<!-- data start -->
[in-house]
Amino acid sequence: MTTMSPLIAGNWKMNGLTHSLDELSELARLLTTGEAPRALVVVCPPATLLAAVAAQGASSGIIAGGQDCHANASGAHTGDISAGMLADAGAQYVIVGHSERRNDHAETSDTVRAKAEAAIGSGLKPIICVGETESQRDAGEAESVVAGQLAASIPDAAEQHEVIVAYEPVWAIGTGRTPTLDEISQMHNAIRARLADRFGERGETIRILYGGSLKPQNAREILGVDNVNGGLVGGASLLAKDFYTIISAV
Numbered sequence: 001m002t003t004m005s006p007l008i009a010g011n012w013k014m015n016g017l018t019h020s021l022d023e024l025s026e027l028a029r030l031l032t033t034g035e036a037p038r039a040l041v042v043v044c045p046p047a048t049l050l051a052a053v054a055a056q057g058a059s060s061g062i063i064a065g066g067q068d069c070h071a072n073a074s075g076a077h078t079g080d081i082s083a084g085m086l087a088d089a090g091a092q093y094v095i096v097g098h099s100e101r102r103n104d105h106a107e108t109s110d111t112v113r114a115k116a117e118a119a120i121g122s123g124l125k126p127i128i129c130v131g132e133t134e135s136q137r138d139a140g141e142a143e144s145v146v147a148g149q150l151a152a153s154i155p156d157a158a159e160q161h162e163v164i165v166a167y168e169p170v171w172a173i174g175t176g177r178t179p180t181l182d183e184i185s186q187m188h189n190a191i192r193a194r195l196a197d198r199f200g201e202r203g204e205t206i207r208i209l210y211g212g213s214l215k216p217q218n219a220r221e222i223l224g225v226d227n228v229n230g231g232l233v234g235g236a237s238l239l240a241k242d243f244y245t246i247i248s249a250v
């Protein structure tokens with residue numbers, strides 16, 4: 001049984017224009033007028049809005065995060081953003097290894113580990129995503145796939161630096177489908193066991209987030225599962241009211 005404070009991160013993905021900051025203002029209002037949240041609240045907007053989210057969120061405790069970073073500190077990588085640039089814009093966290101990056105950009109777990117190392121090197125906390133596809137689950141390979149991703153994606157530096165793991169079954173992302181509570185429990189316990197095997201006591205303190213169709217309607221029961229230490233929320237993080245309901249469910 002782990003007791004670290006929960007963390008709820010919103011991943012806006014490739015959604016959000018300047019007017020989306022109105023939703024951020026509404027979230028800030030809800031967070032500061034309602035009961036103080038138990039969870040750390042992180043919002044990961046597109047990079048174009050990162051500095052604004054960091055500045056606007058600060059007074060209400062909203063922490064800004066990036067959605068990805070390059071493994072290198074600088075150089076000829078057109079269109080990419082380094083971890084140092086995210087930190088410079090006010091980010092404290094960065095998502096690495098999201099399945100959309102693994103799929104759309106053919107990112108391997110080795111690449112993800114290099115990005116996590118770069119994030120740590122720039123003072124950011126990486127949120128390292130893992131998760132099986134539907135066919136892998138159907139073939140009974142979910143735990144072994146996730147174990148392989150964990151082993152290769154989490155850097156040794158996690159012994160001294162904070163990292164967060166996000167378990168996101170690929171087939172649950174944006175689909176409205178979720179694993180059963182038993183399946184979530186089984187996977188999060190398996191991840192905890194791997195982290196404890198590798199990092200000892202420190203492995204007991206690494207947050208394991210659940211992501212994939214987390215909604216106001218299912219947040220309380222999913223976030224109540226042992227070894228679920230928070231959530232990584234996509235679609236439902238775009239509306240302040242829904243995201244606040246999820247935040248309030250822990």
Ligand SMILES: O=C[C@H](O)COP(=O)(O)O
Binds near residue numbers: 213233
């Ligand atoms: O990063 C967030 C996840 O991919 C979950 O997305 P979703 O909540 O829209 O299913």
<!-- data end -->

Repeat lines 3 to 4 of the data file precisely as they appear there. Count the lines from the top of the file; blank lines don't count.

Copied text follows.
Numbered sequence: 001m002t003t004m005s006p007l008i009a010g011n012w013k014m015n016g017l018t019h020s021l022d023e024l025s026e027l028a029r030l031l032t033t034g035e036a037p038r039a040l041v042v043v044c045p046p047a048t049l050l051a052a053v054a055a056q057g058a059s060s061g062i063i064a065g066g067q068d069c070h071a072n073a074s075g076a077h078t079g080d081i082s083a084g085m086l087a088d089a090g091a092q093y094v095i096v097g098h099s100e101r102r103n104d105h106a107e108t109s110d111t112v113r114a115k116a117e118a119a120i121g122s123g124l125k126p127i128i129c130v131g132e133t134e135s136q137r138d139a140g141e142a143e144s145v146v147a148g149q150l151a152a153s154i155p156d157a158a159e160q161h162e163v164i165v166a167y168e169p170v171w172a173i174g175t176g177r178t179p180t181l182d183e184i185s186q187m188h189n190a191i192r193a194r195l196a197d198r199f200g201e202r203g204e205t206i207r208i209l210y211g212g213s214l215k216p217q218n219a220r221e222i223l224g225v226d227n228v229n230g231g232l233v234g235g236a237s238l239l240a241k242d243f244y245t246i247i248s249a250v
């Protein structure tokens with residue numbers, strides 16, 4: 001049984017224009033007028049809005065995060081953003097290894113580990129995503145796939161630096177489908193066991209987030225599962241009211 005404070009991160013993905021900051025203002029209002037949240041609240045907007053989210057969120061405790069970073073500190077990588085640039089814009093966290101990056105950009109777990117190392121090197125906390133596809137689950141390979149991703153994606157530096165793991169079954173992302181509570185429990189316990197095997201006591205303190213169709217309607221029961229230490233929320237993080245309901249469910 002782990003007791004670290006929960007963390008709820010919103011991943012806006014490739015959604016959000018300047019007017020989306022109105023939703024951020026509404027979230028800030030809800031967070032500061034309602035009961036103080038138990039969870040750390042992180043919002044990961046597109047990079048174009050990162051500095052604004054960091055500045056606007058600060059007074060209400062909203063922490064800004066990036067959605068990805070390059071493994072290198074600088075150089076000829078057109079269109080990419082380094083971890084140092086995210087930190088410079090006010091980010092404290094960065095998502096690495098999201099399945100959309102693994103799929104759309106053919107990112108391997110080795111690449112993800114290099115990005116996590118770069119994030120740590122720039123003072124950011126990486127949120128390292130893992131998760132099986134539907135066919136892998138159907139073939140009974142979910143735990144072994146996730147174990148392989150964990151082993152290769154989490155850097156040794158996690159012994160001294162904070163990292164967060166996000167378990168996101170690929171087939172649950174944006175689909176409205178979720179694993180059963182038993183399946184979530186089984187996977188999060190398996191991840192905890194791997195982290196404890198590798199990092200000892202420190203492995204007991206690494207947050208394991210659940211992501212994939214987390215909604216106001218299912219947040220309380222999913223976030224109540226042992227070894228679920230928070231959530232990584234996509235679609236439902238775009239509306240302040242829904243995201244606040246999820247935040248309030250822990």